12. This was such a pleasant read in my inbox – I hope this will be a catalyst to tap the great talent of our engineers and scientists. This type of grass roots program is what will help fuel innovation and business for the next generation. Heartfelt thanks for all you do Steve

  13. [...] The National Science Foundation announced this week that it was kicking off a new program called Innovation Corps, that would help transform promising academic research projects into viable startups. Starting this fall, the NSF will provide 100 science and engineering projects with $50,000 in funding and will enroll them in a crash course on entrepreneurship, taught by Stanford’s Steve Blank. [...]

  14. Applause for the huge paradigm shift at the NSF and the good fit with your Launch Pad program. Your major value addition is the call to get out and dialogue with customers…..And it can be improved with some “teaming up” process, since the grants are given to trios: Principal Investigator, Post-Doc student and a Mentor. Would like to see your approach to the teaming up process.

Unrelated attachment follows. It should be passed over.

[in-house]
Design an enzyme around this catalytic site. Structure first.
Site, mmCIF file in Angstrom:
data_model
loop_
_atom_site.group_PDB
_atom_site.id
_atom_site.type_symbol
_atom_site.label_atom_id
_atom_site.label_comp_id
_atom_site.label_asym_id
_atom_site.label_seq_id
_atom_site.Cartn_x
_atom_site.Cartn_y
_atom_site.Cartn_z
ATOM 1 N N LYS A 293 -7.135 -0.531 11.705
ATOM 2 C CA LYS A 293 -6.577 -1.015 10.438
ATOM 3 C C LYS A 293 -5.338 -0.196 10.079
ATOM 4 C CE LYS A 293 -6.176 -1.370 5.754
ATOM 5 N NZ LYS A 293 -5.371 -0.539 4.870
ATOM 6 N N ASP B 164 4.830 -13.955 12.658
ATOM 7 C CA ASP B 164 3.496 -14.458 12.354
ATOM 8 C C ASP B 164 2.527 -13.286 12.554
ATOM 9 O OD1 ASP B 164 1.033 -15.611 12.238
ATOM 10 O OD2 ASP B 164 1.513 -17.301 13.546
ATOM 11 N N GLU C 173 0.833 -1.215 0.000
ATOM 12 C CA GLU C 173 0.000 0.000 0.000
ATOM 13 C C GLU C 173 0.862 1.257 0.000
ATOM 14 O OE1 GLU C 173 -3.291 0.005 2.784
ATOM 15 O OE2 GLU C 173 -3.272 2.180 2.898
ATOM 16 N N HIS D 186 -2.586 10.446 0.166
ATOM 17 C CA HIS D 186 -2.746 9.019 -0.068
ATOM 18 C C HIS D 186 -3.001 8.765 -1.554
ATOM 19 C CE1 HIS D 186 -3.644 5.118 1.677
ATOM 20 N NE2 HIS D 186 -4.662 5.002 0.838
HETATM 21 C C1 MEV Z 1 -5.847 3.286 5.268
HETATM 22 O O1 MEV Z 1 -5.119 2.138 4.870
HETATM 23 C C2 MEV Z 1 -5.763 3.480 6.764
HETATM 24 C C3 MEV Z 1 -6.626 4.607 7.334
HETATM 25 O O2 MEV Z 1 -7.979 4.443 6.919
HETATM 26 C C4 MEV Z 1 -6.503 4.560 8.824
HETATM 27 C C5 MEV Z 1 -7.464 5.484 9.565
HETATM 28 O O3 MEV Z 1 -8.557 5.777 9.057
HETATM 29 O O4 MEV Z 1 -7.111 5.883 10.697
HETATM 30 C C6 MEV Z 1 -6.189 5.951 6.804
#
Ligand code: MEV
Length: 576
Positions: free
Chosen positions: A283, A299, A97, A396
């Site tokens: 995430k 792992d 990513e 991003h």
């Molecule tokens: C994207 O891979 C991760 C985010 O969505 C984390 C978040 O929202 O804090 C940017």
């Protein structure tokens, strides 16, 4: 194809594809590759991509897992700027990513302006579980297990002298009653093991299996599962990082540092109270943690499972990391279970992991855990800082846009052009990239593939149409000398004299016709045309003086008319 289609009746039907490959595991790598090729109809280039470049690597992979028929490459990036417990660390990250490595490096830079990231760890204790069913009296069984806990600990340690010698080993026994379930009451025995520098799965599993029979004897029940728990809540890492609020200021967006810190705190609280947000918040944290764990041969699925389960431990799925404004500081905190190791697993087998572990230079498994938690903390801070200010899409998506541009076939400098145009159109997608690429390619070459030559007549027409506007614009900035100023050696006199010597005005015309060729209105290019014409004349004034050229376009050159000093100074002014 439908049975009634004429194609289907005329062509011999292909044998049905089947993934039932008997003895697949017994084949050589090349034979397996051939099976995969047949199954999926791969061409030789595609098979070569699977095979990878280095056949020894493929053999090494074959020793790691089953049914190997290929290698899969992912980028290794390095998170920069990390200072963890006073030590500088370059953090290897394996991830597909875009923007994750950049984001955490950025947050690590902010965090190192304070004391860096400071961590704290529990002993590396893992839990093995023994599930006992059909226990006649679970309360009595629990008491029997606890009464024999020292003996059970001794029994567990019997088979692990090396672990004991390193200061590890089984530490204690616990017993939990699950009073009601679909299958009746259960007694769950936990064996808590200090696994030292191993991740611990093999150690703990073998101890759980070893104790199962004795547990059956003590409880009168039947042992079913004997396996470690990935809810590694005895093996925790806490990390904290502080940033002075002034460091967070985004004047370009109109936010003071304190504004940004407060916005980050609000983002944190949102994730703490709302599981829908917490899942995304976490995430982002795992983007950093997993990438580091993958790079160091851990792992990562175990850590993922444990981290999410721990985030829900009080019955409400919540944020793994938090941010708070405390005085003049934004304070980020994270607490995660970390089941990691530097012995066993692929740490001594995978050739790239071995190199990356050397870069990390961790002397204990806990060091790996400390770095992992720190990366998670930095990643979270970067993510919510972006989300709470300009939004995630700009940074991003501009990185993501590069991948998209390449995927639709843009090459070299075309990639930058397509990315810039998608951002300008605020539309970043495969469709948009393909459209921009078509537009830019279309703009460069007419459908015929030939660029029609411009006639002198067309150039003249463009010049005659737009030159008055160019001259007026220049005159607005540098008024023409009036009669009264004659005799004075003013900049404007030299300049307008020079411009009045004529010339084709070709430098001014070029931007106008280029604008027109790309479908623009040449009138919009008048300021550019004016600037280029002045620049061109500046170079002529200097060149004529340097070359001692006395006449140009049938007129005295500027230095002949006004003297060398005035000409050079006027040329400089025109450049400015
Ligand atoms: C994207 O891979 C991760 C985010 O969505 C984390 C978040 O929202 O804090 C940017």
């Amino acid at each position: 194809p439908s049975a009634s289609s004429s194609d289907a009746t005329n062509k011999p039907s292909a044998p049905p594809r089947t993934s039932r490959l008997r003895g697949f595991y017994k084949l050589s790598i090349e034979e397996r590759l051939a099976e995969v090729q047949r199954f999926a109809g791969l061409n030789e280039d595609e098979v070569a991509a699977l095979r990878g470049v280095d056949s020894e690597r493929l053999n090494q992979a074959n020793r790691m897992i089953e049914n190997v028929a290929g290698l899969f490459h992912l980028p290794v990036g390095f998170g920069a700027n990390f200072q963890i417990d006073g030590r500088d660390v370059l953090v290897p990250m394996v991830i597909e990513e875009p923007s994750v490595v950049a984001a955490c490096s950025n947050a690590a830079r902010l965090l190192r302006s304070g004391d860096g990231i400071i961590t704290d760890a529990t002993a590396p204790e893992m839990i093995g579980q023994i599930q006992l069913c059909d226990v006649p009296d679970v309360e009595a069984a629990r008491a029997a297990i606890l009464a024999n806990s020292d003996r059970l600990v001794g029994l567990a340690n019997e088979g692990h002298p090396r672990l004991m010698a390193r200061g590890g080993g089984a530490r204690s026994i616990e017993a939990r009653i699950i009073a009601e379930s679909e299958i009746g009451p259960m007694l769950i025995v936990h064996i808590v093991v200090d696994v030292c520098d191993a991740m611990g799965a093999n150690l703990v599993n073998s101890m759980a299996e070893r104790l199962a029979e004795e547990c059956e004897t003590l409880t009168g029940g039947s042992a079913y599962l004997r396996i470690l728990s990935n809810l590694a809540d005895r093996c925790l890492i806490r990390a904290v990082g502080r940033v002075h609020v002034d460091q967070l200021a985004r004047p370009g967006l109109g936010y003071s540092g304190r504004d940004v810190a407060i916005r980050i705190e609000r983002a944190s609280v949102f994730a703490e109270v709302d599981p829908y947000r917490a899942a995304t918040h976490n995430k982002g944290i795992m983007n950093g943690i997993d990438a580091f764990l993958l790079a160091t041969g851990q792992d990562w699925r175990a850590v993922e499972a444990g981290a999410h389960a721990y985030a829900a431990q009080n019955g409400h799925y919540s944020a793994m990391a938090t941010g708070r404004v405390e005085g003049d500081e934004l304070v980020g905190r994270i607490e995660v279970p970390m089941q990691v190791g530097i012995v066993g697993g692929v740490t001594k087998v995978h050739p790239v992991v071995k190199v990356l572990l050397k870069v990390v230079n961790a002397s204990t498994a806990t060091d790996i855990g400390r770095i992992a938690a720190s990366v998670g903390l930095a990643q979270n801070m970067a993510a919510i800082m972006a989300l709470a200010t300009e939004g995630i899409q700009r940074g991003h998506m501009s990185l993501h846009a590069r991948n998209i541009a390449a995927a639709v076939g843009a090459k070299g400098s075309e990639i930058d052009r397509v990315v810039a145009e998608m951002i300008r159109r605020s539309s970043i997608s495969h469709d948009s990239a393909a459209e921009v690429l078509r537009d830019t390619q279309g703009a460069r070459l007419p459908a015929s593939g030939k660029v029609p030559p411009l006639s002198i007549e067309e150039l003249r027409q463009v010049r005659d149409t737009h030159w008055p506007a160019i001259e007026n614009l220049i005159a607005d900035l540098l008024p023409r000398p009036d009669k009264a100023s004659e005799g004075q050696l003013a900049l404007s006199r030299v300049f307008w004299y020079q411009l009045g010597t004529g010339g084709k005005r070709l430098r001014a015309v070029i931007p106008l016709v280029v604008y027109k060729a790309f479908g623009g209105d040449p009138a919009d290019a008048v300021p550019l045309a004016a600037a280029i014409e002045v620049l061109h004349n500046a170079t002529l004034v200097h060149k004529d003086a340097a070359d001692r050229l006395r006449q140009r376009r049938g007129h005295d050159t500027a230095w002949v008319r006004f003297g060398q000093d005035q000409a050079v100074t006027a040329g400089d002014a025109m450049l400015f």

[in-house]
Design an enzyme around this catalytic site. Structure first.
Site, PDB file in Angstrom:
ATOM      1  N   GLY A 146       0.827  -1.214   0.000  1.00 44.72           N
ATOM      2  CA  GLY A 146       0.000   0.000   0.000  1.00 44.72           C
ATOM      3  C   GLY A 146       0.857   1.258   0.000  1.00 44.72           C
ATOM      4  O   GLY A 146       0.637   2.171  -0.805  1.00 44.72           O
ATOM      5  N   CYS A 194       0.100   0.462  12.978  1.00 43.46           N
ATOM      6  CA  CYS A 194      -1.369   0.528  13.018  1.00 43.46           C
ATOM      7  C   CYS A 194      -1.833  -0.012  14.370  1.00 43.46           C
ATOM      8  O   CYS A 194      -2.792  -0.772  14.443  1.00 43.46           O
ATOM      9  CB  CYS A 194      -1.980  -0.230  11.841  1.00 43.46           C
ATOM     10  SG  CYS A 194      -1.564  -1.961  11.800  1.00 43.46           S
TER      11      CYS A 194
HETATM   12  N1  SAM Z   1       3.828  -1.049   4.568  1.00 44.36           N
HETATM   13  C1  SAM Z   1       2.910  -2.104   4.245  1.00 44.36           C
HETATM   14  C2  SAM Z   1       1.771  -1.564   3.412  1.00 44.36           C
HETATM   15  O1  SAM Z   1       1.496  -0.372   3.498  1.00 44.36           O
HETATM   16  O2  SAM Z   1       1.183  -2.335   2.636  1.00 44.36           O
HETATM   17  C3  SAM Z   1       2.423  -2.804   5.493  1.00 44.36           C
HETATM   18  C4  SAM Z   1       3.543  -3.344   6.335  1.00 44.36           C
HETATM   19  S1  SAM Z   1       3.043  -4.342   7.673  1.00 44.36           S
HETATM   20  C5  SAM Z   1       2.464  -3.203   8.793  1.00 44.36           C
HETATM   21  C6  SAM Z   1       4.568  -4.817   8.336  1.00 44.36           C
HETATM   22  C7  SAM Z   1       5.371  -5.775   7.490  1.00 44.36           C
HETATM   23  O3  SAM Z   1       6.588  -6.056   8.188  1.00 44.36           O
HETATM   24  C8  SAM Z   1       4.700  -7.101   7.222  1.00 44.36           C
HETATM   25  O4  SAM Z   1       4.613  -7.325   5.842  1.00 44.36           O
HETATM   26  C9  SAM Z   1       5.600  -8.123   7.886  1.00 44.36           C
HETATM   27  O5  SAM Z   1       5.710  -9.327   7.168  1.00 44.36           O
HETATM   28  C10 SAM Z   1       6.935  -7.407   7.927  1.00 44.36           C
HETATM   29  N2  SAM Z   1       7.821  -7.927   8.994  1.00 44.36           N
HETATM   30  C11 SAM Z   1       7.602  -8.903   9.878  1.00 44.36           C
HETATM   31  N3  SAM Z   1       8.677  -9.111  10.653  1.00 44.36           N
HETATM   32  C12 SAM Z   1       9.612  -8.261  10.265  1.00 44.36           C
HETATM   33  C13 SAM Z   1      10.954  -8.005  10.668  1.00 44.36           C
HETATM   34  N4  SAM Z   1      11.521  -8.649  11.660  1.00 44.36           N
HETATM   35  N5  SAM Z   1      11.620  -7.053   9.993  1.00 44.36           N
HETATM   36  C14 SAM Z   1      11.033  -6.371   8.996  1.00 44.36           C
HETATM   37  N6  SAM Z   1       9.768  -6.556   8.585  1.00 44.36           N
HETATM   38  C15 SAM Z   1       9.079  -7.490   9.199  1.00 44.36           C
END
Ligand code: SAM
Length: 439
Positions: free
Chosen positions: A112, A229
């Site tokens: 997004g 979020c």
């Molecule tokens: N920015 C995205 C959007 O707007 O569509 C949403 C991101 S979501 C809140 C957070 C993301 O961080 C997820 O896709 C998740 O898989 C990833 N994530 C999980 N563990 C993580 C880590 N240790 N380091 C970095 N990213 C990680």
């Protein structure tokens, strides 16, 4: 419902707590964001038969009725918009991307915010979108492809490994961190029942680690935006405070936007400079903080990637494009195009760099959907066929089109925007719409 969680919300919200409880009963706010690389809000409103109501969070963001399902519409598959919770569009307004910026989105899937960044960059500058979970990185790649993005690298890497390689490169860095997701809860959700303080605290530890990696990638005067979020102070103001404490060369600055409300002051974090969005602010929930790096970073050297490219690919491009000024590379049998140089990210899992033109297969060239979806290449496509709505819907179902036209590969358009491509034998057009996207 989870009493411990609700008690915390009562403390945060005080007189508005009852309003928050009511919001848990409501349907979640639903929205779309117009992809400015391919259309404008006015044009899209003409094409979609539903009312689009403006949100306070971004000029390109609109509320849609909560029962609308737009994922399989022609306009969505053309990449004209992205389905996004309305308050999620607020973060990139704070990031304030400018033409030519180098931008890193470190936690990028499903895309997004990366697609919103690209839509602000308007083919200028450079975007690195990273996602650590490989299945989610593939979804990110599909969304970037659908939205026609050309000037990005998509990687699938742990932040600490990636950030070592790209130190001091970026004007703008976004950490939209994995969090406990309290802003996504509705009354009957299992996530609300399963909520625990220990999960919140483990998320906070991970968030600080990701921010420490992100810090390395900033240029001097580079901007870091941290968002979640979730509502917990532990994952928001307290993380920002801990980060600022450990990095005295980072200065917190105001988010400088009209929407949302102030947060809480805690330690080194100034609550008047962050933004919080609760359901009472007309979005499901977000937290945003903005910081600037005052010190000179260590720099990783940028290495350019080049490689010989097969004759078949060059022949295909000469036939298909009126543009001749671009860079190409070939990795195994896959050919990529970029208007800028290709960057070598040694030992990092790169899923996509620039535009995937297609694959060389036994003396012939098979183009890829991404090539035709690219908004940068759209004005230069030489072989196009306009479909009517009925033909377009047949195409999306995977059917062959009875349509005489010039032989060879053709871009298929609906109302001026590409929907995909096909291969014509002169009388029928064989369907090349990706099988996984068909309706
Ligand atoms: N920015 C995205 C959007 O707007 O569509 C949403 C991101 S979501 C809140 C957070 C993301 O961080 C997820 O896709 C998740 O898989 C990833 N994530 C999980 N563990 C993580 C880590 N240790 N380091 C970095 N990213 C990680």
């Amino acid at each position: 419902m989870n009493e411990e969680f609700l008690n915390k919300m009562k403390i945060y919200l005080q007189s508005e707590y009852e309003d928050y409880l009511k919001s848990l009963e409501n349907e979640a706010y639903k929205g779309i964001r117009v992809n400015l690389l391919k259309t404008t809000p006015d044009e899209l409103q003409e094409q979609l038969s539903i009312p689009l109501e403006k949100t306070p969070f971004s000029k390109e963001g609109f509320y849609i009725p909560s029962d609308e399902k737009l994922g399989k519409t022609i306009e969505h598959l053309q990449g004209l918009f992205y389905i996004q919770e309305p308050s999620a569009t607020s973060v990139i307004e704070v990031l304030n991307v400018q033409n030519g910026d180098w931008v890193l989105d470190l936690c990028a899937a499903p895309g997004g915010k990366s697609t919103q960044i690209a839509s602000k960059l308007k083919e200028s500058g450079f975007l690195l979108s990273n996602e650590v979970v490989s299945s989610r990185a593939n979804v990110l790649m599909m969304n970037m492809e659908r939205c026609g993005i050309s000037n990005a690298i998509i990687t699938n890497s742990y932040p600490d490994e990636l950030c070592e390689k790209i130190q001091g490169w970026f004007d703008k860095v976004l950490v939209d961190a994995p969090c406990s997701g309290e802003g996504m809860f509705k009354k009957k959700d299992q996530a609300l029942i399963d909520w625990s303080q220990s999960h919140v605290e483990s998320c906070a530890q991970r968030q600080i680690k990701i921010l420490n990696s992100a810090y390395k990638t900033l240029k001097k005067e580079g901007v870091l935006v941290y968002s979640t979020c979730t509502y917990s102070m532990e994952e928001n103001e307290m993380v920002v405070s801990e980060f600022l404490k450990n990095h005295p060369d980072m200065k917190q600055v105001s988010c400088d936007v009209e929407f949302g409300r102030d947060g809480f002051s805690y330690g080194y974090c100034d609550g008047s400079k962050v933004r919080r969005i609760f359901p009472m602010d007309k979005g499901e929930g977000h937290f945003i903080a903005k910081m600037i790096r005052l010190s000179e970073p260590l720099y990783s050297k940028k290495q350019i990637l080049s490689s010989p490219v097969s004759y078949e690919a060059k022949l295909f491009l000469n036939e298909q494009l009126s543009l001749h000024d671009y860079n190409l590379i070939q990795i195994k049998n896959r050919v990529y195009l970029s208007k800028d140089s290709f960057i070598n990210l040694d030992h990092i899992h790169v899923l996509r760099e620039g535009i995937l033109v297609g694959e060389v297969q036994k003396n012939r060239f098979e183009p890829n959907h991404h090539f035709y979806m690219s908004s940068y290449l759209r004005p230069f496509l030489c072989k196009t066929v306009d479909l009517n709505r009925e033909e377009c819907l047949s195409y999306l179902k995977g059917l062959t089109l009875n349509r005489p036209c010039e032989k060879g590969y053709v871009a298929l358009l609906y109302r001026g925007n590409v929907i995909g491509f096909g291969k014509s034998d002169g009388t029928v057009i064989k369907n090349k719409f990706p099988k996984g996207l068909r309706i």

15. Tangentially related. But just wanted to say that you’re history of Silicon Valley and Stanford is one of the most interesting things I’ve ever read.

    • Kevin,

      thanks!
      The valley was a series of unintended consequences.
      But enough lessons can be extracted from it to learn.

      steve

  16. [...] guru Steve Blank calls it a new era for scientists and engineers. Read his recent post about I-Corps here. Meanwhile, here’s an excerpt: From the point of view of scientists and engineers in a [...]

  17. [...] MAYOR COONERTY GETS LESSON IN RUNNING A BUSINESS AND ON HOW TO BE A MAYOR. Brilliant and forceful member of The Coastal Commission Steve Blank gave Mayor Ryan Coonerty some sharp and quick lessons on how to make plans, how to make presentations, and how to run a business two weeks ago at that Coastal Commission meeting when Ryan made such a miserable, losing pitch for his friends at the Boardwalk and Barry Swenson’s La Bahia Condo Hotel. Blank’s credentials from his website say, “I moved from being an entrepreneur to teaching entrepreneurship to both undergraduate and graduate students at U.C. Berkeley, Stanford University and the Columbia University/Berkeley Joint Executive MBA program. The “Customer Development” model that I developed in my book is one of the core themes in these classes. (My presentations are here.) In 2009, I was awarded the Stanford University Undergraduate Teaching Award in the department of Management Science and Engineering. The same year, the San Jose Mercury News listed me as one of the 10 Influencers in Silicon Valley. In 2010, I was awarded the Earl F. Cheit Outstanding Teaching Award at U.C. Berkeley Haas School of Business. In 2011 the National Science Foundation adopted my Lean Launchpad class. [...]